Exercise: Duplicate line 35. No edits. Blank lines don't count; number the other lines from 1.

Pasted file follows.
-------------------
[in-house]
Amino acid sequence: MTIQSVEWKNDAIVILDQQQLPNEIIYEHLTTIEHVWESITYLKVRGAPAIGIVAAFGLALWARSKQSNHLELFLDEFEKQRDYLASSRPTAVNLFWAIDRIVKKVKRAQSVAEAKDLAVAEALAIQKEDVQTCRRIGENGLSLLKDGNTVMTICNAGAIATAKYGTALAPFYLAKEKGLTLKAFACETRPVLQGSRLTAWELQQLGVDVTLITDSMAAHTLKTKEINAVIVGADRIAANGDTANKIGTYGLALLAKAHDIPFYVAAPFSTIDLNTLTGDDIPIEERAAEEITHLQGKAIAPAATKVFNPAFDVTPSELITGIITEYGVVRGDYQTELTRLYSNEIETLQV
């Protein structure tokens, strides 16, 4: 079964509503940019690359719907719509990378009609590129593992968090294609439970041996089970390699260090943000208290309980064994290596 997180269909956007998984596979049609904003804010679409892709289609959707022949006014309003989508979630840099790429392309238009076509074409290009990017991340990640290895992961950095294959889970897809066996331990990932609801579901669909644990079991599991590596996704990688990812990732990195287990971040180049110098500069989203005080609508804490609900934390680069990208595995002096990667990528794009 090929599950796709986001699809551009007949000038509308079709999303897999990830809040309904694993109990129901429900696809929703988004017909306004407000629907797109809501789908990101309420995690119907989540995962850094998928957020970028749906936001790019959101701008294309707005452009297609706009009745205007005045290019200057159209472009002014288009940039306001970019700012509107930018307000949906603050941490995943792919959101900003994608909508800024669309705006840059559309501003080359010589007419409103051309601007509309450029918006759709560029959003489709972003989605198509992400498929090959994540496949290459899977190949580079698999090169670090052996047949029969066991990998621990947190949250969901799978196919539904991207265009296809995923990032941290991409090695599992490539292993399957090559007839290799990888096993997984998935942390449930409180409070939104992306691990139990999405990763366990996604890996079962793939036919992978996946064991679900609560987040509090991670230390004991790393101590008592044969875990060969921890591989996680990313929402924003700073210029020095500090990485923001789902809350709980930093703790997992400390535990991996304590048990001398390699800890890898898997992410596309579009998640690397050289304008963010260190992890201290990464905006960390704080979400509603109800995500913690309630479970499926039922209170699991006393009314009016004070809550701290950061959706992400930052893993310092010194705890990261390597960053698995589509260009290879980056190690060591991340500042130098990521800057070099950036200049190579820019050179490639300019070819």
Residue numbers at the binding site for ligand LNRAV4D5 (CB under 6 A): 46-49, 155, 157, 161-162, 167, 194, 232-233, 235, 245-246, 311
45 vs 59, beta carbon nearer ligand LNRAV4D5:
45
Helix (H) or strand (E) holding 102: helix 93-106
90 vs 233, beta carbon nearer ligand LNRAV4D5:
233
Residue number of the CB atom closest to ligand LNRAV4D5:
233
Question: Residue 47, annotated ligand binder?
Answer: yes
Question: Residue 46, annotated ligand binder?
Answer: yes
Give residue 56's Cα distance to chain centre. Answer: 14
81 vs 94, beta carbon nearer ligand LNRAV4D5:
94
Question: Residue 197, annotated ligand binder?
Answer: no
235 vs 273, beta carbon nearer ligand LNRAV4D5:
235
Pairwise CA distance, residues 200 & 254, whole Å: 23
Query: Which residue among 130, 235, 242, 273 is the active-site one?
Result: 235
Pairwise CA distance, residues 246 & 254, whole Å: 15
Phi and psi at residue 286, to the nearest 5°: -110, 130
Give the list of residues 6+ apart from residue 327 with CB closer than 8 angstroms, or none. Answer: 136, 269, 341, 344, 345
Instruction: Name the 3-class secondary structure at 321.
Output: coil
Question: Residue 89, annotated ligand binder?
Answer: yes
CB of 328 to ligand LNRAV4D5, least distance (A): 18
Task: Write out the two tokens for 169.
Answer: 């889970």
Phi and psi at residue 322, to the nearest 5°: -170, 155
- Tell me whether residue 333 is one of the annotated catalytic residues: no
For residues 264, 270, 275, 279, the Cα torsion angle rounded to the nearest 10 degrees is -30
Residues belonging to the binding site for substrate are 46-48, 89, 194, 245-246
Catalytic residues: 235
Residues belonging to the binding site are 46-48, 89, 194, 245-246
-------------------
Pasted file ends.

Answer: 């889970």